From Indiana farm boy to Vietnam fighter pilot and beyond, Fredrick L. Pumroy often seemed to “live on the edge.” Stories about his narrow escapes from enemy anti-aircraft fire over the Ho Chi Minh Trail and dances with death in all manner of aircraft make for very entertaining reading in his cleanly written memoir, Born to Live on The Edge.
This one hundred-page book is a must-read for pilots—or for anyone who dreams of becoming one. Such readers will sigh with envy to read of a gift the eight-year-old Pumroy received from his father: a small, one-seat plane that the boy buzzed around in over the family farm until his mother made his father sell the plane. A high school jock who also played sports in college, Pumroy joined the Air Force with every intention of becoming a dashing combat ace.
It was on his first mission that reality overcame dreams of glory: “I hadn’t been shot at before and I didn’t like it,” he remembers, adding that over a two-month period his aircraft “took 309 bullet holes.” The section on Vietnam is among the more exciting and best-written in this slender volume.
There are chapters on flying all manner of aircraft—military and civilian, commercial and private—and none are dull. While he always thanked the Lord for keeping him alive through the dangers he faced, after one near-fatal incident the veteran pilot says he began to wonder just “how many more fixes God would get me out of.”
The book is written in a clean and crisp manner, and it is illustrated with photos taken by the author, some while flying over hostile territory. There are anecdotes about drinking games and boyish pranks that pilots in a war zone partake in to cope with stress, and there are little asides about friends, comrades, and some top brass Pumroy met during his flying years. All of these people and events are related in a straightforward style that is honest without being cloyingly personal.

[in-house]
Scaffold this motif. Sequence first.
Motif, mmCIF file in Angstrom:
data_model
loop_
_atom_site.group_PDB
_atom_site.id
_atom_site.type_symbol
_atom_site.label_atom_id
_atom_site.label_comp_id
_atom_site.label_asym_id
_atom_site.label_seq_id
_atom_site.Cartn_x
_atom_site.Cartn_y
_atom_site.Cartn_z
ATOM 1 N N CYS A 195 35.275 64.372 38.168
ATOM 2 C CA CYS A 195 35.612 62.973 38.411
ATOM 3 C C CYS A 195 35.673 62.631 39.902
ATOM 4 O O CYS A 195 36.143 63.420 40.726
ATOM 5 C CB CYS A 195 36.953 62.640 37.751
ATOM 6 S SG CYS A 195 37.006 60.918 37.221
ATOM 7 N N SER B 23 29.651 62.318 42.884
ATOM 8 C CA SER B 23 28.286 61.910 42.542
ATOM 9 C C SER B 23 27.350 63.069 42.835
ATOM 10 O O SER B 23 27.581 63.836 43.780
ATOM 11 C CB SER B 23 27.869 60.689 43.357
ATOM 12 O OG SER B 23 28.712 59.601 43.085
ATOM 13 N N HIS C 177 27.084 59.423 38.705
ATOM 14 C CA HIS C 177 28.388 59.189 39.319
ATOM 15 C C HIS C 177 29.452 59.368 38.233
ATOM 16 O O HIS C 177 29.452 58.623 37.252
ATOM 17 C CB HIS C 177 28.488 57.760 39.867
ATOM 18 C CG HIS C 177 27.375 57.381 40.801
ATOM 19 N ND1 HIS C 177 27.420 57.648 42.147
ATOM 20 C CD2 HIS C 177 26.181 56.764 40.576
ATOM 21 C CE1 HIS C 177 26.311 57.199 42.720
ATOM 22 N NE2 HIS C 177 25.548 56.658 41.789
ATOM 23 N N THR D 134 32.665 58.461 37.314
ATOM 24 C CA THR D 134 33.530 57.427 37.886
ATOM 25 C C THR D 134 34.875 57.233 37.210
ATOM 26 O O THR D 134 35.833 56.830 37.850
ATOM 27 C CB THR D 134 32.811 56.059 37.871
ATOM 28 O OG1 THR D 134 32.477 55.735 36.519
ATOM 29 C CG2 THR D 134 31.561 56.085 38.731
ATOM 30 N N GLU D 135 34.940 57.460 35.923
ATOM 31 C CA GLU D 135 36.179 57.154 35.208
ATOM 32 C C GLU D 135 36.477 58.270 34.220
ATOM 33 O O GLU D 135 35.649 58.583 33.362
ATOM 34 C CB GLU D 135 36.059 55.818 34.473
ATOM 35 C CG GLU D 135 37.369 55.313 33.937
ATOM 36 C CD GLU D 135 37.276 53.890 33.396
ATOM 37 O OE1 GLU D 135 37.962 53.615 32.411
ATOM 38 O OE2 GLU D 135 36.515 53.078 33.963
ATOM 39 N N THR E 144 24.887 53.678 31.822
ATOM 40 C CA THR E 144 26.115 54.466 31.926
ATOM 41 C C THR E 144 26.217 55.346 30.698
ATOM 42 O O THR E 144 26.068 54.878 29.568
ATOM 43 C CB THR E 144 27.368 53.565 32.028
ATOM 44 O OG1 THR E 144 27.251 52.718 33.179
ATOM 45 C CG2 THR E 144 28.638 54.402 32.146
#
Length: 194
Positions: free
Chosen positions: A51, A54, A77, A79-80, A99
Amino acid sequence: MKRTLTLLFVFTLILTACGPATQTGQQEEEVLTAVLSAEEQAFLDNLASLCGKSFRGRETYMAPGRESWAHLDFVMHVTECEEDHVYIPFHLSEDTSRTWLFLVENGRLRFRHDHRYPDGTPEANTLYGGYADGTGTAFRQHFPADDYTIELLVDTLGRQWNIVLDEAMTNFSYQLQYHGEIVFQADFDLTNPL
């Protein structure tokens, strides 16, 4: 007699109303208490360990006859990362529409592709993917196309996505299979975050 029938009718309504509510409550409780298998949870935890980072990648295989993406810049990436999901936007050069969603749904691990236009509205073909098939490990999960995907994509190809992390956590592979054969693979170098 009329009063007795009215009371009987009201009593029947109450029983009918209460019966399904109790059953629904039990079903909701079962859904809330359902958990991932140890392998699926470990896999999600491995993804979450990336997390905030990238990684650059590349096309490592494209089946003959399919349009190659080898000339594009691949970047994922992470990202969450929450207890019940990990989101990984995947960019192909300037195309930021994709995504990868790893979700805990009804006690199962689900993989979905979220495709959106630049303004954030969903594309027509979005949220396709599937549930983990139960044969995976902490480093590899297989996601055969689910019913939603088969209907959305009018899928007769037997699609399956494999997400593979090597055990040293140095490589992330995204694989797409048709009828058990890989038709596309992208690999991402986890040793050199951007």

As with many people in hazardous jobs, not every day in Pumroy’s life was dangerous, exciting, or particularly interesting. The chapters about his farm and school days, his time “flying a desk,” and his post-Air Force career as a technical consultant may be of most interest to friends and family, or to other once-dashing flyboys whose days of danger and glory are long gone. From the death-defying to the mundane, Pumroy kindly shares his memories with readers.
Mark G. McLaughlin
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